I don’t need to give you a history lesson of how the original XFL’s sole season in 2001 was a disaster — it’s been more than well-documented just how bad it was, both from a business standpoint and the football that was played.
Of course, the XFL’s short existence didn’t come without its innovations, such as the now widely used “SkyCam” and players being mic’d up on the field, and even gave us a pop culture icon in running back Rod Smart, better known by his hilarious jersey nickname “He Hate Me.” But I think we can all come to the agreement that maybe the XFL wasn’t executed as well as it could’ve been.
Despite this failure, however, Vince McMahon — the CEO of WWE, co-owner of the original XFL, and renowned crazy person — has decided to give the sport of gridiron football another shot. And in 2020, the newest incarnation of XFL will take off.
Like the original XFL, the league will feature 8 teams in different markets. These markets are Los Angeles, Dallas, Tampa Bay, St. Louis, Houston, Seattle, D.C., and New York.
Just recently, the names of each team were revealed, with the New York XFL franchise being given the name the “Guardians” as an ode to the city’s classic Art Deco architecture, which features gargoyles that symbolize protectors from “nefarious spirits.”
There’s actually a really cool promotional video to go along with it, too!
Now, you might be wondering... what does this have to do with New York City FC?
Well, nothing. But the fact that a new sports team has entered the New York sports market very well could — and maybe even should — have something to do with the Boys in Blue in the future. And here’s how.
When the New York Guardians begin play next spring, they will be playing in MetLife Stadium — home to both the New York Giants and the New York Jets of the NFL — in East Rutherford, New Jersey. To put it as bluntly as I can, even if the XFL is able to survive and become a viable viewing option for football fans during the NFL offseason, the Guardians are unlikely to be filling up MetLife Stadium — which can seat just under 83,000 people — to full capacity any time soon.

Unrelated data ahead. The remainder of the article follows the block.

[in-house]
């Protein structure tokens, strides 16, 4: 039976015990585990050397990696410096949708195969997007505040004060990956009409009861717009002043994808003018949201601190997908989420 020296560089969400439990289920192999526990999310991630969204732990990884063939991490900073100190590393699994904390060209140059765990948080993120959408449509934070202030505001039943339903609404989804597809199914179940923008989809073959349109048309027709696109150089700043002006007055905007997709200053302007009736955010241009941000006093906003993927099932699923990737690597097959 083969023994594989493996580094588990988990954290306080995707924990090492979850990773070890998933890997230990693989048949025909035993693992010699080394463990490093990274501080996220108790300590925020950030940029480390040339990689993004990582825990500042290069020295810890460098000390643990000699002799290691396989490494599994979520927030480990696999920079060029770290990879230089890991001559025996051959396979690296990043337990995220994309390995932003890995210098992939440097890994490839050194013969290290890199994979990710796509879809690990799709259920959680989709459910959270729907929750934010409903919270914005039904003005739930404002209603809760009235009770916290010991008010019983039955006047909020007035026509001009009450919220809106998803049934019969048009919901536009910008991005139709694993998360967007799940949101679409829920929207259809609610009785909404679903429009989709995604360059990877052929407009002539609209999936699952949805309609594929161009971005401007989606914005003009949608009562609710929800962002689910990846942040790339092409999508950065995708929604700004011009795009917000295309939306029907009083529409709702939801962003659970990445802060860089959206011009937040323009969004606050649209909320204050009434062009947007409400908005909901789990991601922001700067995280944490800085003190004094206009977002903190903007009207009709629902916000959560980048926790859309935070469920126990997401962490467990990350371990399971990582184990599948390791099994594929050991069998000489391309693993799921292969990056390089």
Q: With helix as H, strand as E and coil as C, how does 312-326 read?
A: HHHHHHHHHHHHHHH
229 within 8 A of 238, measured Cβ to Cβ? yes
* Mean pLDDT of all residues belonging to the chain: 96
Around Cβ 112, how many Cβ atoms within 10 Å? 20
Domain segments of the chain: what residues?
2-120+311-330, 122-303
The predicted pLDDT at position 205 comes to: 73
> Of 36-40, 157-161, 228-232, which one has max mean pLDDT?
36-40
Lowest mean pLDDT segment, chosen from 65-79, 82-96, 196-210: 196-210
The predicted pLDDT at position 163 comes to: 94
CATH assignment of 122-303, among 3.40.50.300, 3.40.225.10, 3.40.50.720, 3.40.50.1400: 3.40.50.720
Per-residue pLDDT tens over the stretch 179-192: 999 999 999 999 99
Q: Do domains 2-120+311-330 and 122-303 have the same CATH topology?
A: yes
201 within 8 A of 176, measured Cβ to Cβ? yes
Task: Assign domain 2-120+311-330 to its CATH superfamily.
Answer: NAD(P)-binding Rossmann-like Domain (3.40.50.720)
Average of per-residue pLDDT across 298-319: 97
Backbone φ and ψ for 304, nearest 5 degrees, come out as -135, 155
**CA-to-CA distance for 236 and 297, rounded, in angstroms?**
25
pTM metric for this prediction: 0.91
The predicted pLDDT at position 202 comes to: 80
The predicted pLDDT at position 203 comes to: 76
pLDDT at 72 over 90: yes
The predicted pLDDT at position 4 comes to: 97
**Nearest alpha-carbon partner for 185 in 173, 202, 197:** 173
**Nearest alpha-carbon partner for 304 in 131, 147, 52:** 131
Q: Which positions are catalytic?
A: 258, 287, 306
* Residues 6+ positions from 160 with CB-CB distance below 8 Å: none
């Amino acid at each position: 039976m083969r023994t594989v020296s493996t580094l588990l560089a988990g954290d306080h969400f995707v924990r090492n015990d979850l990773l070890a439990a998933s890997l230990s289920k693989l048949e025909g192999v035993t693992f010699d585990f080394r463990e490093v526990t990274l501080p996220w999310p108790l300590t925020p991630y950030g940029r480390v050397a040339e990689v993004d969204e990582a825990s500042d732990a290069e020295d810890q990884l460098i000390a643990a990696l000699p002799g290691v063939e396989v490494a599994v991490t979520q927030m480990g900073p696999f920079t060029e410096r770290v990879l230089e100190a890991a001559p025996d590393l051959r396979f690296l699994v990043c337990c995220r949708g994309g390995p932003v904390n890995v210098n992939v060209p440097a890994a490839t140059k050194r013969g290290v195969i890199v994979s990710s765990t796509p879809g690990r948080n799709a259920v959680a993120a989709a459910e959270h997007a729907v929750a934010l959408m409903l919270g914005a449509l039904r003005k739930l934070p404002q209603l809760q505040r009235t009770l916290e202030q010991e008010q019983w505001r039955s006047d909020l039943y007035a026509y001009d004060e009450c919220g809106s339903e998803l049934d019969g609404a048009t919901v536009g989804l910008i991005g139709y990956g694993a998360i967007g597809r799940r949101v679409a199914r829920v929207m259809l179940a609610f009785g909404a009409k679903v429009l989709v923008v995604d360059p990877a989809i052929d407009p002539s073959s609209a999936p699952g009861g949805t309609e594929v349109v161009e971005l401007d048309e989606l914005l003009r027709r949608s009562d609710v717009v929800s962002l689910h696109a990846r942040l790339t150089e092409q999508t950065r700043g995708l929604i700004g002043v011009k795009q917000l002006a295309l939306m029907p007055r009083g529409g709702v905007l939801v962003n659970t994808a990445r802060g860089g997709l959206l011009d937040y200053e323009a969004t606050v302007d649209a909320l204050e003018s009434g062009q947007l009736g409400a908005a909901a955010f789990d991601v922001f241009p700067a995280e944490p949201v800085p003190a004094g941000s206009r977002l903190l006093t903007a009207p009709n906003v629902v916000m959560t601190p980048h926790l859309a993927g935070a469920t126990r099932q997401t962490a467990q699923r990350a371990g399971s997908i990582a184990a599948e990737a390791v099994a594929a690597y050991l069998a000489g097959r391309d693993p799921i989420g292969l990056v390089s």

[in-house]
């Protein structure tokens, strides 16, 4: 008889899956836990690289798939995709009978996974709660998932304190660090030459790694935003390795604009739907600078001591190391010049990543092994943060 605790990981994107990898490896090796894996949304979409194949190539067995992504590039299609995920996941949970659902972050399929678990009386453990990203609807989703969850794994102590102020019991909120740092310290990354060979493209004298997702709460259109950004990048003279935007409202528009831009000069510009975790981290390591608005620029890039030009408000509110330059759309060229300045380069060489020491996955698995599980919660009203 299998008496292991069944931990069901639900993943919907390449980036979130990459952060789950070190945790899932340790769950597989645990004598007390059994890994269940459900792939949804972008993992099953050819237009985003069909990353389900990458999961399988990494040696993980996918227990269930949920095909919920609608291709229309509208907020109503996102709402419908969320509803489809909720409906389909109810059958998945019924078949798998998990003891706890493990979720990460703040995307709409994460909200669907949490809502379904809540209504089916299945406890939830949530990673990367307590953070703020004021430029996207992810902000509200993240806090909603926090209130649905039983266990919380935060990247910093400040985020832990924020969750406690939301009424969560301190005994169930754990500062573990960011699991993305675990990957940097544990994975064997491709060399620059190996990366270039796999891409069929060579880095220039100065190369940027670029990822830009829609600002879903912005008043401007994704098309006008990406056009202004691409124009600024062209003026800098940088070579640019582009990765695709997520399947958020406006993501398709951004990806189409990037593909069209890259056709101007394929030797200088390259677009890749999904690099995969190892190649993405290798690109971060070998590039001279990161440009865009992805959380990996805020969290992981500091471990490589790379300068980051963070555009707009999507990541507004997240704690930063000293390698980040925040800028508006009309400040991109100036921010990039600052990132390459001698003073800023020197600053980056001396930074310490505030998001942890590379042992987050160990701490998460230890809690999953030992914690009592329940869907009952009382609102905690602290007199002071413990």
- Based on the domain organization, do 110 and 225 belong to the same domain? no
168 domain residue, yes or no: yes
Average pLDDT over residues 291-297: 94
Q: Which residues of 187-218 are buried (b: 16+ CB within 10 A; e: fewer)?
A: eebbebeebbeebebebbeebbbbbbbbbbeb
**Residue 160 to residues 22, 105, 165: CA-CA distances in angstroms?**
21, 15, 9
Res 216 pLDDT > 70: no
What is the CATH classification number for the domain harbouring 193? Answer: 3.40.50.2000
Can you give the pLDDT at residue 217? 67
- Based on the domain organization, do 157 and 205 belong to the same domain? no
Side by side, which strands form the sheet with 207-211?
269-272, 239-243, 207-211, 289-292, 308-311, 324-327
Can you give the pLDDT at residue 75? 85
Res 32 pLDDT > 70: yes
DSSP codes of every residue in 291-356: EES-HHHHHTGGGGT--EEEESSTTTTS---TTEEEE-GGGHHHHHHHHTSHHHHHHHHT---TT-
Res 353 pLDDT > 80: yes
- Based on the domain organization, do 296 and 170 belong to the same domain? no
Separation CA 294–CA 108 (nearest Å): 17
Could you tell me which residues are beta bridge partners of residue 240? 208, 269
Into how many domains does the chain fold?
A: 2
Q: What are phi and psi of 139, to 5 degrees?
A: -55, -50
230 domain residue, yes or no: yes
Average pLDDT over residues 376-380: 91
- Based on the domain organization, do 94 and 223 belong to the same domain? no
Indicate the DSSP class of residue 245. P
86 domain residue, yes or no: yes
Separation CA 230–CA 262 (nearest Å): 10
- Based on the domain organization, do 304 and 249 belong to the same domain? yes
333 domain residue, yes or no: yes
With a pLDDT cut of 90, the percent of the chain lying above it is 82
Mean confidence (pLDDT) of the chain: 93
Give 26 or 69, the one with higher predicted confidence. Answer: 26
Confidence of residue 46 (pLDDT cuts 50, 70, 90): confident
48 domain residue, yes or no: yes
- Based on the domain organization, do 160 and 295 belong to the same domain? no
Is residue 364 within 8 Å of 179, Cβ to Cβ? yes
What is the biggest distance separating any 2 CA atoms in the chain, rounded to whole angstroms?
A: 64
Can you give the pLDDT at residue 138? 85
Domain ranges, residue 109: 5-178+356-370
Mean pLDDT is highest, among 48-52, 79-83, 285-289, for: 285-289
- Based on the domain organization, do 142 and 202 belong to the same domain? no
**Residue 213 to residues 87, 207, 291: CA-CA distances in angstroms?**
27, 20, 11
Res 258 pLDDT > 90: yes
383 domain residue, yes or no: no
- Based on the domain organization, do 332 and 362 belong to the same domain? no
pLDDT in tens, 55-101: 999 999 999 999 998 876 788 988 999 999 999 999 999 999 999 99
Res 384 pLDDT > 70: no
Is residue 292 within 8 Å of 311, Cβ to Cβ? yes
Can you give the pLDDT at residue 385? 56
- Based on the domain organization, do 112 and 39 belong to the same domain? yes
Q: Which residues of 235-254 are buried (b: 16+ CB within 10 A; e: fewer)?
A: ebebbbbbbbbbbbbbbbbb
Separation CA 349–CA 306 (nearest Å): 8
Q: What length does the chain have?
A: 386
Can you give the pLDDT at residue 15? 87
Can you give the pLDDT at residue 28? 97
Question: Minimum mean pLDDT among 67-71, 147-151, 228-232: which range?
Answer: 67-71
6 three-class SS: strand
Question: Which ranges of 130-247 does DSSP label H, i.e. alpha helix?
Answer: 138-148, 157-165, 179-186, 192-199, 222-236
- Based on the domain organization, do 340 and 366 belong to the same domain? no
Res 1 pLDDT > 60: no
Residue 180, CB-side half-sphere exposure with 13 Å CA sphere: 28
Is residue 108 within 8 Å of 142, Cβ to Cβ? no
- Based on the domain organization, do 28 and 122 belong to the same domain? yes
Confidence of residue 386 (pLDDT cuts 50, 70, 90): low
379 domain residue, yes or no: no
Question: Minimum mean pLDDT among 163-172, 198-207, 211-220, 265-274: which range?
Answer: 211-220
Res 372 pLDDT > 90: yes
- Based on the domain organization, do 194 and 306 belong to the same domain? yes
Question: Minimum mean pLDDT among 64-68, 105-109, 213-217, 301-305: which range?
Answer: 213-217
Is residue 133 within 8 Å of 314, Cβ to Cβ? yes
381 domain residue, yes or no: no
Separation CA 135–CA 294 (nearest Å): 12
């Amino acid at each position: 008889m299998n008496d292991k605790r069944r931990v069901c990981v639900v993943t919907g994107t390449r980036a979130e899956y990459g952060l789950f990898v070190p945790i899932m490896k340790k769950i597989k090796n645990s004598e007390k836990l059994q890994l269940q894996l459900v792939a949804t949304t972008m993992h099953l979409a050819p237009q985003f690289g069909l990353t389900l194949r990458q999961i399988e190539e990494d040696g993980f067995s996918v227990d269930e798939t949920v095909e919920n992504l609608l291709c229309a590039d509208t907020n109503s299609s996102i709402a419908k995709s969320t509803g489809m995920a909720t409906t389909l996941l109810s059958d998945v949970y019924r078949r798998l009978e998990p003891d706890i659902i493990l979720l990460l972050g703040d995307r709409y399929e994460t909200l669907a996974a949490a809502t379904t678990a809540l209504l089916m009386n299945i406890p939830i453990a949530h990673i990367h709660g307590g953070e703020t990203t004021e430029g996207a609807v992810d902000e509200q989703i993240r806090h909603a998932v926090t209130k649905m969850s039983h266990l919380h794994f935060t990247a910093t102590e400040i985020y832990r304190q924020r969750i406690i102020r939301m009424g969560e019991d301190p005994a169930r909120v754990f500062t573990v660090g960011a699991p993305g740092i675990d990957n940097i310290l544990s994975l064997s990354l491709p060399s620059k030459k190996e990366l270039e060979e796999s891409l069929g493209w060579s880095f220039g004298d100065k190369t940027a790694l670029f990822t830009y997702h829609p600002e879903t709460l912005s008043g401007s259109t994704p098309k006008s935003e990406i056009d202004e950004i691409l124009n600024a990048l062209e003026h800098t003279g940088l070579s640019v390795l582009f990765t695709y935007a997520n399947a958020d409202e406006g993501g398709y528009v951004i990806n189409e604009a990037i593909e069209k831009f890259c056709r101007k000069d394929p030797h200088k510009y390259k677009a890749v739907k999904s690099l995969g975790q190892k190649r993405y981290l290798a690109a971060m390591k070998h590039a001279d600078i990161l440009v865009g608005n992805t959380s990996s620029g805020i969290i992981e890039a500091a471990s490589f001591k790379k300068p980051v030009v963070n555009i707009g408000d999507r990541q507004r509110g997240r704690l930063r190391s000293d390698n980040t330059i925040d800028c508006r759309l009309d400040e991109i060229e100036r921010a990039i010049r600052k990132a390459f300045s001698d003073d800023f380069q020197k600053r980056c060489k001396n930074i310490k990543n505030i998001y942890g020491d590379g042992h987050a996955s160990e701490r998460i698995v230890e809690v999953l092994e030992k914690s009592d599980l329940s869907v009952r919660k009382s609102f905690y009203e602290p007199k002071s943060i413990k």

The XFL knows this as well, which is why two of its teams, namely the LA Wildcats and the D.C. Defenders, will be sharing their stadiums with MLS teams — the Wildcats will join the NFL’s Los Angeles Chargers as tenants of the LA Galaxy’s Dignity Health Sports Park while the Defenders will play their home games at D.C. United’s Audi Field, neither of which has a total capacity over 27,000.
You see where I’m going with this?
Meanwhile, just across the Hudson River, New York City FC has had a hard time securing a stadium deal that would allow them to play within the confines of the Big Apple and escape from the narrow non-optimal dimensions of Yankee Stadium. This search has been ongoing since the team was first announced in 2013 and — apart from optimistic predictions from higher-ups earlier this year — shows no signs of ending any time soon.
In that six-year timeframe, the only time NYCFC has gotten even remotely close to a deal was back in 2017 when the club — along with the NHL’s New York Islanders — put a bid on land in Belmont. Long story short, it didn’t pan out. And since then, all there’s been is conjecture and vague reports.
The Stadium Saga has been a hot button issue for years among NYCFC supporters and until a deal is announced and a shovel hits the dirt, fans will continue to express their displeasure with the wacky, sometimes unbearable field conditions.
So, how does this all link together?
Undoubtedly, some fans may be skeptical about an NYCFC-Guardians joint effort to secure some digs of their own. And rightfully so. On paper, a relatively established team in New York City has little to gain by teaming up with a brand new team in a brand new football league, especially when the Alliance of American Football (AAF) — another upstart spring football league — closed up shop mere weeks into its very first season just a few months ago.
But there are several indicators as to why this particular bunch of circumstances are different than those of the past. Let’s address them one by one.
Vince is the one with the money
One of the now-defunct AAF’s biggest mistakes was that neither Charlie Ebersol or Bill Pollian, the league’s co-founders, were the ones with the money — that was main investor Tom Dundon, who was to make an investment of $250 million just to cover the first week of payroll. Needless to say, it didn’t quite work out as Dundon only distributed $70 million of the needed funds.
This type of financial disorganization right out of the gate was the writing on the wall that the AAF probably wouldn’t last much longer. And this type of confusion isn’t one that XFL seems destined to repeat.